Ha Long Bay's limestone islands - Visit50.com

Lonely PlanetHalong translates as ‘where the dragon descends into the sea’. Legend has it that the islands of Halong Bay were created by a great dragon that lived in the mountains. As it charged towards the coast, its flailing tail gouged out valleys and crevasses. When it finally plunged into the sea, the area filled with water, leaving only the pinnacles visible. 

Jumping off the boat in Ha Long Bay, Vietnam

Jumping off the boat in Ha Long Bay, Vietnam – so much fun! (more of these to come)

Vietnam - Halong Bay - view from the boatSeveral of the islands in Halong Bay are hollow, with enormous caves, other support floating villages of fishermen, who ply the shallow waters for 200 species of fish.

sunset in Halong Bay, Vietnam

sunset in Halong Bay, Vietnam

Feb 262011
 
honey comb - how much fresher can you get?

The honey was super fresh – right on the honeycomb at the Dead Sea in Jordan – delicious!

Feb 202011
 

Wonder no longer!  I’ve been asked about it dozens of times already, so this is the story of how Jordan and Bahrain, two countries in the Middle East, made it into my southeast Asia itinerary. I might have the strangest itinerary and route of anyone I’ve met in my travels.

While I was enjoying Bali and Java, Indonesia, Fan was working on a business trip in Tel Aviv, Israel, and suggested we meet up. They’re not even remotely close, but just for fun I did a quick search, and was to surprised to find an incredible deal! For $181 USD rountrip I could fly from KL (Kuala Lumpar, Malaysia) to AMM (Amman, the capital of Jordan), with a layover in Bahrain via Gulf Air.  That’s about the same price as the short trip to the next country in the area that I was about to book before seeing this. It must have been an error in the system, or perhaps a generous promotion, but either way, after checking that Gulf Air was a reputable airline, I pounced!  Changing dates or revising the plan so I could route through Israel or Egypt would have made it cost prohibitive, but at this rate I could certainly swing it.  An hour later it was almost twice the price. Later that night the price had nearly quadrupled.

Feb 192011
 
Dead Sea Mud Jordan

Does Dead Sea mud really work?  Is it as amazing as the crazy lady portrayed it?   Does it really have magical powers?  Regardless, it’s fun to be covered from head to toe in Dead Sea mud!

The Jordan tourism site says the Dead Sea has been an attraction since ancient times, and even Cleopatra used to visit.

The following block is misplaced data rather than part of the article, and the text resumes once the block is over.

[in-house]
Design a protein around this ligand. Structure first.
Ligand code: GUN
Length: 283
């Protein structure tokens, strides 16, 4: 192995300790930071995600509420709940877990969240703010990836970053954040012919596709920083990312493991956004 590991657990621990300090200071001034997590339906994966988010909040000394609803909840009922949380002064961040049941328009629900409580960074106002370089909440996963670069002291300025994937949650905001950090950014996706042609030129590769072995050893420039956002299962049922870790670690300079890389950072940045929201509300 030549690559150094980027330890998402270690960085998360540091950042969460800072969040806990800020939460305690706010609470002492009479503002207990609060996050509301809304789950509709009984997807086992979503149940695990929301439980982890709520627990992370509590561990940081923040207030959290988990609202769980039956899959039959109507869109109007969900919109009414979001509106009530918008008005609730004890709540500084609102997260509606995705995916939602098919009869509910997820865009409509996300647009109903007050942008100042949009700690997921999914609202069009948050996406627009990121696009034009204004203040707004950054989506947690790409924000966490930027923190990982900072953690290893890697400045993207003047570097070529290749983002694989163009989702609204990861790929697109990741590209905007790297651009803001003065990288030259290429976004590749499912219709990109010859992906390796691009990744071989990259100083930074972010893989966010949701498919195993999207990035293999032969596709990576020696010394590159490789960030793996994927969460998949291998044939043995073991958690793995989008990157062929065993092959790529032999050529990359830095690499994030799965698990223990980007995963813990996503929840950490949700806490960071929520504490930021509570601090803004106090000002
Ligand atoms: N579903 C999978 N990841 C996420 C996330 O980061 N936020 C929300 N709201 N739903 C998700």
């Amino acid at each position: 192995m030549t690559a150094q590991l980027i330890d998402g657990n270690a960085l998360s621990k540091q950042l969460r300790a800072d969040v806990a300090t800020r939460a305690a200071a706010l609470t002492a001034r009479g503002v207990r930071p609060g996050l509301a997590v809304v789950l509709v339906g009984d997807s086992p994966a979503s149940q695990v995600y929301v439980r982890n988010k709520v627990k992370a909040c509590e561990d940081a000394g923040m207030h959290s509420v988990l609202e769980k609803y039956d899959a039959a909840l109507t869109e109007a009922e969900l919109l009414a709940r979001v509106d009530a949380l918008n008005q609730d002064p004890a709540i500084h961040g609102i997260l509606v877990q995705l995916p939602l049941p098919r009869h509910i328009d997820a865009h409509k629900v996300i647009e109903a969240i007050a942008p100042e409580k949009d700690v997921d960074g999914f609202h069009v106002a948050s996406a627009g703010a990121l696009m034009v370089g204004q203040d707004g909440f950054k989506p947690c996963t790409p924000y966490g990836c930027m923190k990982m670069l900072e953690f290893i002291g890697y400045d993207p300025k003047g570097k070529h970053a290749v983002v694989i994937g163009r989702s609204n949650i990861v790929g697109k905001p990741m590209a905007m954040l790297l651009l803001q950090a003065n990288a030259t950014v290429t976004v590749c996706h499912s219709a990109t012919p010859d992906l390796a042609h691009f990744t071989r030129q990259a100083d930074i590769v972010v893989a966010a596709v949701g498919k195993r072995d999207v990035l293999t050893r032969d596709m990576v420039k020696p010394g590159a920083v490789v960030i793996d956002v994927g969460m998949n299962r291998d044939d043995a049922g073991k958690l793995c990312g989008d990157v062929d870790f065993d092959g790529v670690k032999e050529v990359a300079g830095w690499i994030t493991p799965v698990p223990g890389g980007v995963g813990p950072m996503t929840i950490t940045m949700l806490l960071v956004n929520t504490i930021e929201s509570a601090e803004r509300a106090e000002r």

Feb 182011
 
Covered in Dead Sea Mud in Jordan

Dead Sea mud is rich with minerals that many believe to have therapeutic and even medicinal benefits. A woman at my hotel was obsessed with it, saying it’s a miracle skincare solution. I wish I could convey her overwhelming enthusiasm for…mud. “It’s amazing. Uh-May-Zing!”  Her Medusa hair swayed with each animated sentence. She went on to explain that it’s the raw materials for multiple Jordanian Dead Sea cosmetic product lines bottled and sold all around the world. If you believe the hype (and the crazy German lady!), it’s not just great for cleansing and stimulating the skin (apparently it worked wonders for her teenage daughter’s acne), but can also be used to improve blood circulation, relieve muscle and emotional tension, offer immortality, and ease rheumatic pain.  I’m not 100% sure I heard one of those accurately but she mentioned quite a few benefits in her interesting yet painfully slow never-ending list.  It reminded me of the scene(s) in Forrest Gump when Bubba’s listing the varieties of shrimp meals. “Shrimp Gumbo, Shrimp-n-Peas…”  [If you just got a sudden urge to see that Gump scene (I did!), here's the 0:43 clip from YouTube below] httpv://www.youtube.com/watch?v=WhfK98f5S00

Feb 172011
 

It’s called the “Dead Sea” because the salt content isn’t exactly welcoming for underwater life – it’s one of the world’s saltiest bodies of water (33% saltine). Due to the hypersalination of the water, you can float!

Dead Sea - Jordan side - Look closely and you'll see I'm reading a Japanese newspaper!

In this photos from the Dead Sea on the Jordan side, I have both hands and feet out of the water as I float. I found a newspaper for the photo but it was just a prop. Look closely and you’ll see I’m reading a Japanese newspaper!